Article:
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journalists from aljazeera and close its offices injerusalem after accusing the broadcaster of incitement. now, how often do you tell your children to get off their phones and tablets? well, officials here in britain are saying that parents should limit the amount of time their children spend on line, comparing it to eating junk food. the children's commissioner says that the internet can be addictive, and overuse can have a detrimental affect on children's confidence and well being. tom burridge has the story. kids and screens — it is a constant battle. cover your ears! this seven—year—old is obsessed by his dad's phone. all i do is just play video games on it. a bunch of crazy ones. you play a lot, don't forget. i do. do you fight sometimes about that? no. on average, children now spend 15 hours a week online. parents, says the children's
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commissioner for england, should impose a limit. we wouldn't let our children out in a kind of strange city without, you know, giving them guidance and looking after them. and actually, we shouldn't for their digital world, either. so this is about equipping children, enabling them to have the confidence to manage their time online, and also their confidence to say no to the constant drain and pressure of always being there. she is urging parents to follow fiona, and be proactive. i'm always looking in and seeing where they're going, going through history, things like that, just to double—check what they are looking at. because they could open something that they shouldn't be looking at. you just don't know. there's too much out there, really. new guidelines, published online, of course, compare junk food with time on the internet. the advice is simple. just as your children shouldn't eat a cheeseburger and chips every day, they shouldn't binge on their phones and computers. the obvious antidote — keeping kids active. but the children's commissioner is calling for a healthy balance.
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the internet is vital for learning. it is a tricky balance, i think. but i think you do need to encourage that they've got to get some fresh air, they've got to get some exercise. no ipad at dinner time, and no phones during times when we're sitting together as families means we talk a lot more, and i get to know a lot more about what happens in their school. kids only know a world with smartphones and the internet, so time offline is vital. tom burridge, bbc news. here's a look at some other stories making the news. tunisian fishermen have prevented a ship carrying far—right activists from docking. the ship, the c—star, chartered by the extremist group, generation identity, was unable to berth in zarzis. the group accuses ngos conducting search and rescue operations in the mediterranean of colluding with traffickers. a man is being held by police in paris after he tried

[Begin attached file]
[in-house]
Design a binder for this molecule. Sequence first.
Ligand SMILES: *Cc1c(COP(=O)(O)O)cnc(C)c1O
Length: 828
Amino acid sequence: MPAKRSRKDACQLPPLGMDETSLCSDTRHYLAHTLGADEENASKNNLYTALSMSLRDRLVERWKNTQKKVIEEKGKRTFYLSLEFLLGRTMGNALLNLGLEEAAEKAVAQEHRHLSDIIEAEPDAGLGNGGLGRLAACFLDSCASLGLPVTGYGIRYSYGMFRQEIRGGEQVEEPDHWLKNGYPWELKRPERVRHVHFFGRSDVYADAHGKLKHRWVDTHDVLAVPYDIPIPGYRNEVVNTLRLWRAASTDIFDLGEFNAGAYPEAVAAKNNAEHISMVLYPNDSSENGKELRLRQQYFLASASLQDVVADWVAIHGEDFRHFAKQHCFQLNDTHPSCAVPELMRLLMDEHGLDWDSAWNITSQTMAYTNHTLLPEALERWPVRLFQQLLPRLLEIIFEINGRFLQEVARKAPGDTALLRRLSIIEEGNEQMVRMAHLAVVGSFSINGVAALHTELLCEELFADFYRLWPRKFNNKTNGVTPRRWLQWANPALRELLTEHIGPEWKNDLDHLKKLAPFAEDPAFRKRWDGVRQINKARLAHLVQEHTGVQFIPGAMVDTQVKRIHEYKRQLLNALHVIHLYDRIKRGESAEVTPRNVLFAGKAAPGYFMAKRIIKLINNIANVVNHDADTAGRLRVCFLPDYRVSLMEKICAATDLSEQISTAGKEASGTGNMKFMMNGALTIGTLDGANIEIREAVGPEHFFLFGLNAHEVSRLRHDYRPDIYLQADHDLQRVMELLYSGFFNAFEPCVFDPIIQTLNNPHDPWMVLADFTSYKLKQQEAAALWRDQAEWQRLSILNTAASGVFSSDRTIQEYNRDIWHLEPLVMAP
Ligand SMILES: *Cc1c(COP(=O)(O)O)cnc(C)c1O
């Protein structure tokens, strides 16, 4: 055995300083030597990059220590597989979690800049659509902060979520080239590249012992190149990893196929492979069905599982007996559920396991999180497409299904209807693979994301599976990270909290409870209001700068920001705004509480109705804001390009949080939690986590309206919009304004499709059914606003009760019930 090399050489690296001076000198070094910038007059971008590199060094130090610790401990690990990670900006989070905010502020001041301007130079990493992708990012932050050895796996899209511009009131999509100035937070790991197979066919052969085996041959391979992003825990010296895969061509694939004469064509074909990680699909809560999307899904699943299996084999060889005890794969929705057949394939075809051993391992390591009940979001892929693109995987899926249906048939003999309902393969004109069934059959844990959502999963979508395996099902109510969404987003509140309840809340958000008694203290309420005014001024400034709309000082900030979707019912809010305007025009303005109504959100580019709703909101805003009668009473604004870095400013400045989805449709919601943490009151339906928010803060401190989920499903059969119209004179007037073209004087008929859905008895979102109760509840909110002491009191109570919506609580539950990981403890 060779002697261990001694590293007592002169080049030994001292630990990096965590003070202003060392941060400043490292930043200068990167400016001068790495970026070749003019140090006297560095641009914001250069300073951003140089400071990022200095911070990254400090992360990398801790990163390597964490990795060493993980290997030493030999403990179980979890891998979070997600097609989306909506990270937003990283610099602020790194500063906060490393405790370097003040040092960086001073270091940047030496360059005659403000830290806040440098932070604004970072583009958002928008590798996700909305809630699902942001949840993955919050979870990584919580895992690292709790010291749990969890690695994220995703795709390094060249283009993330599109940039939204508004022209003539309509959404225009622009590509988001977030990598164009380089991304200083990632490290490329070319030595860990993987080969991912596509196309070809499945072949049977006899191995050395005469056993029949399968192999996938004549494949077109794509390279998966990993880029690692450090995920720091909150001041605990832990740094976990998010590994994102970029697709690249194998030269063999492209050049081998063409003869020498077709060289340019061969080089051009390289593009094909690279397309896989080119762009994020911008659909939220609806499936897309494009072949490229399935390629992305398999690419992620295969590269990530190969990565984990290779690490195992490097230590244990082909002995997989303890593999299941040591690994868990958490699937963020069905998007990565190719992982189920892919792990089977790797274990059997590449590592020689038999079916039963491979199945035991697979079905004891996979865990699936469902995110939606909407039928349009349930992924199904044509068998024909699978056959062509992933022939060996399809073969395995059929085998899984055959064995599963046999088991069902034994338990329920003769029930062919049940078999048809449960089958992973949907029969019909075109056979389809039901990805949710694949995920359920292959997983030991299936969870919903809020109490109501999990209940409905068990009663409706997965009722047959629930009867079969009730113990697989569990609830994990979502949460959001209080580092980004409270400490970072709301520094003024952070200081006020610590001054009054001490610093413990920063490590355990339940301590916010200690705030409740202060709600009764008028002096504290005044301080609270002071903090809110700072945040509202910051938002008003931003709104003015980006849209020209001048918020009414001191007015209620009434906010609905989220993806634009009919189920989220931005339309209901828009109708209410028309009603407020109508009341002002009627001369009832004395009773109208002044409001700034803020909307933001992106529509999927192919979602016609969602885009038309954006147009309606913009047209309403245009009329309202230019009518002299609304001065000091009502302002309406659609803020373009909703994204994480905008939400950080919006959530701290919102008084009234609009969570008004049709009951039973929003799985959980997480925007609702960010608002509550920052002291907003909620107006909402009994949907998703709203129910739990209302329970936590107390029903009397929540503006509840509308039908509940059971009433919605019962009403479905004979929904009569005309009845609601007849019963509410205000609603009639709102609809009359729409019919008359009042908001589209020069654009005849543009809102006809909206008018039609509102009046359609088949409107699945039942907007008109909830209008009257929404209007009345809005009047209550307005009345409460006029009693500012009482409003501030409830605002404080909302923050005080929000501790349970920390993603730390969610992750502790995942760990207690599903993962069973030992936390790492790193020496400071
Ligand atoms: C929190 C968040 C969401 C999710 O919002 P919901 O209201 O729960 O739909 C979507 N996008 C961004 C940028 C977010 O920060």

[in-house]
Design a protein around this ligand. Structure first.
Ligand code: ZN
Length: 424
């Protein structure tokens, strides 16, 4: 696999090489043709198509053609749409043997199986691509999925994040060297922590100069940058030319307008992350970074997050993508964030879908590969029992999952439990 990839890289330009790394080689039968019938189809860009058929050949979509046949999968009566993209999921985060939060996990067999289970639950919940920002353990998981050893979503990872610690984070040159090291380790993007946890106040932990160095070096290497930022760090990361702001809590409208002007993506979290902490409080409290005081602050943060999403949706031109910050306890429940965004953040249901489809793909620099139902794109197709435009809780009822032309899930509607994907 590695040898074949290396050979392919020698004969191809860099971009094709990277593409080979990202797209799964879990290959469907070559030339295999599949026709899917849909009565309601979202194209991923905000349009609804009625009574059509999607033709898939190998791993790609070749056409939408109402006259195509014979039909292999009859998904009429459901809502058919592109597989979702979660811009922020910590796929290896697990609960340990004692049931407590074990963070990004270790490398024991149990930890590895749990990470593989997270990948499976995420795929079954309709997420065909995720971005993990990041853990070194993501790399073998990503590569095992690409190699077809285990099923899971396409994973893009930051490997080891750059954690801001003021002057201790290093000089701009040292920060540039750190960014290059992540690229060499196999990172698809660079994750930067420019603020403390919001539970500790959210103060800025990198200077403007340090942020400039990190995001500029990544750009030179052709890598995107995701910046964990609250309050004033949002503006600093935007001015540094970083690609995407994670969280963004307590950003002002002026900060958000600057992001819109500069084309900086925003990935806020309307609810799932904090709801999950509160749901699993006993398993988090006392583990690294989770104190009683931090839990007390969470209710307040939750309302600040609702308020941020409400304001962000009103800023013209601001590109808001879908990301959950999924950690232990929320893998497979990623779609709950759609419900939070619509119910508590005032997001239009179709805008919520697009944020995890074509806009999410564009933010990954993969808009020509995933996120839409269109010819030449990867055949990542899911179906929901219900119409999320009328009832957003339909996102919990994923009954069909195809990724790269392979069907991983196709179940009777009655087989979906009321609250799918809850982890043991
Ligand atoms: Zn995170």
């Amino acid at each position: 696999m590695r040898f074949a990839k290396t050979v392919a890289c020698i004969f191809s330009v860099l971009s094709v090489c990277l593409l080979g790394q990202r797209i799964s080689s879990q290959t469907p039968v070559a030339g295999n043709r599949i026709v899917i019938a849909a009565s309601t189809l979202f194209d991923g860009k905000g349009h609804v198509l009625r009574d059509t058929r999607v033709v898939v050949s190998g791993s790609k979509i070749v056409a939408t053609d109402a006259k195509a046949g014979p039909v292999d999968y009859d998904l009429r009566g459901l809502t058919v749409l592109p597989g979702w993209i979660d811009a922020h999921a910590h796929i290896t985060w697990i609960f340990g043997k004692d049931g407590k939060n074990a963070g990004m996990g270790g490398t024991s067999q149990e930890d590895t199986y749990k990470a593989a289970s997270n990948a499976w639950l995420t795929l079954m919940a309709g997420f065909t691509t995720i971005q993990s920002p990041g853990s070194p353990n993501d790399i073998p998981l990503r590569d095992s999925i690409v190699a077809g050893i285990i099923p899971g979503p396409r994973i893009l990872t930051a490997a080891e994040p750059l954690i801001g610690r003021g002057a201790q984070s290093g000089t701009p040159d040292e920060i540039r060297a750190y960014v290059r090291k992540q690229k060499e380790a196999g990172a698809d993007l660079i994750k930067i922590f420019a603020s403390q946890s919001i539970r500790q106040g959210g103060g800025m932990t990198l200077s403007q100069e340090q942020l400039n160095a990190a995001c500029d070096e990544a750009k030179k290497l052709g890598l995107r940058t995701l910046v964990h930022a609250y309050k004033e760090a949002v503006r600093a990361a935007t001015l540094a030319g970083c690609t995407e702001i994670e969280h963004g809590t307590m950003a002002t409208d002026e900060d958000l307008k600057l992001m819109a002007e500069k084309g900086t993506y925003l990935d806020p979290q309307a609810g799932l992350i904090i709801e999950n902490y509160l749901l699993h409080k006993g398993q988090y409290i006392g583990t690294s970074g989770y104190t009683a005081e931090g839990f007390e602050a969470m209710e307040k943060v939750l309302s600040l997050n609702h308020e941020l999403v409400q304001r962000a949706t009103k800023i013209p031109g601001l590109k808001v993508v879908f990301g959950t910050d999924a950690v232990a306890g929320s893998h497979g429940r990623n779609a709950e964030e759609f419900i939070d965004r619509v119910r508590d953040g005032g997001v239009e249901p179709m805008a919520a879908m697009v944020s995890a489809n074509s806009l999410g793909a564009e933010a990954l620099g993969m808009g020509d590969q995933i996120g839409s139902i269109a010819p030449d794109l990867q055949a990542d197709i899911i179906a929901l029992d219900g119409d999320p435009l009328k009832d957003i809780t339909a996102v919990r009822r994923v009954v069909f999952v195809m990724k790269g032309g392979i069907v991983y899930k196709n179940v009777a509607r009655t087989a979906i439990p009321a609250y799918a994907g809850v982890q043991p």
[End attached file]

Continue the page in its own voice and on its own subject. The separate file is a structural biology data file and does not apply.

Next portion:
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to force his way into the eiffel tower brandishing a knife. he was quickly overpowered and arrested. police evacuated the area after the incident around midnight on saturday. police say they are treating the incident as a counter—terrorism case. two chinese tourists have been arrested for making hitler salutes outside the german parliament on sunday. germany has strict laws on hate speech and symbols linked to hitler and the nazis. police say the pair could face up to three years in jail. in london, a museum has apologised after asking a mum who was breast—feeding to cover up during her visit. in a post on social media, the woman said she was "perplexed" by the request and posted several images of naked female statues from the museum's exhibitions. her tweet has been liked more than 6,000 times, with many people offering messages of support. the director of the victoria and albert museum's said women could breastfeed "wherever they like." and in contrast, at the weekend,
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some 2,000 mothers gathered at manila stadium to breastfeed their babies at the same time. they did so in the name of promoting breast—feeding across south—east asia, and dispelling taboos over the practice. a who study published in 2013 found that more than a third of babies under six months were fed infant formula in the philippines, and the report claimed the high number was due to "aggressive marketing by milk companies." the media promotes formula milk. that is the issue. we need to advocate breast—feeding. breast—feeding is important for me. i support it and promote it and protect it. america'sjustin gatlin has been crowned 100—metre champion at the world athletics championships. gatlin, who has served two suspensions for doping related offences, was booed by some in the crowd. he defeated usain bolt in the jamaican‘s last ever individual race. a four—time 0lympic gold—medallist, once hailed as australia's golden
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girl, has died. betty cuthbert remains the only 0lympian to have won gold in the 100, 200, and 400—metre races. she was 18—years—old when she became a sprint star winning three gold medals at the 1956 melbourne 0lympics. she also won a gold at the tokyo 0lympics “119611. she died aged 79. the world's largest heart goes on display in a rare exhibition in toronto, canada. the organ comes from a blue whale found dead on the shores of a river in newfoundland and labrador province three years ago. the organ measures 1.5 metres with a thickness ofjust over a metre. it would have weighed at least 180 kilograms before removal. while visitors to the royal 0ntario museum get a chance to view the preserved heart close up, the discovery will help scientists understand more about the blue whale's physiology. the blue whale is one of the biggest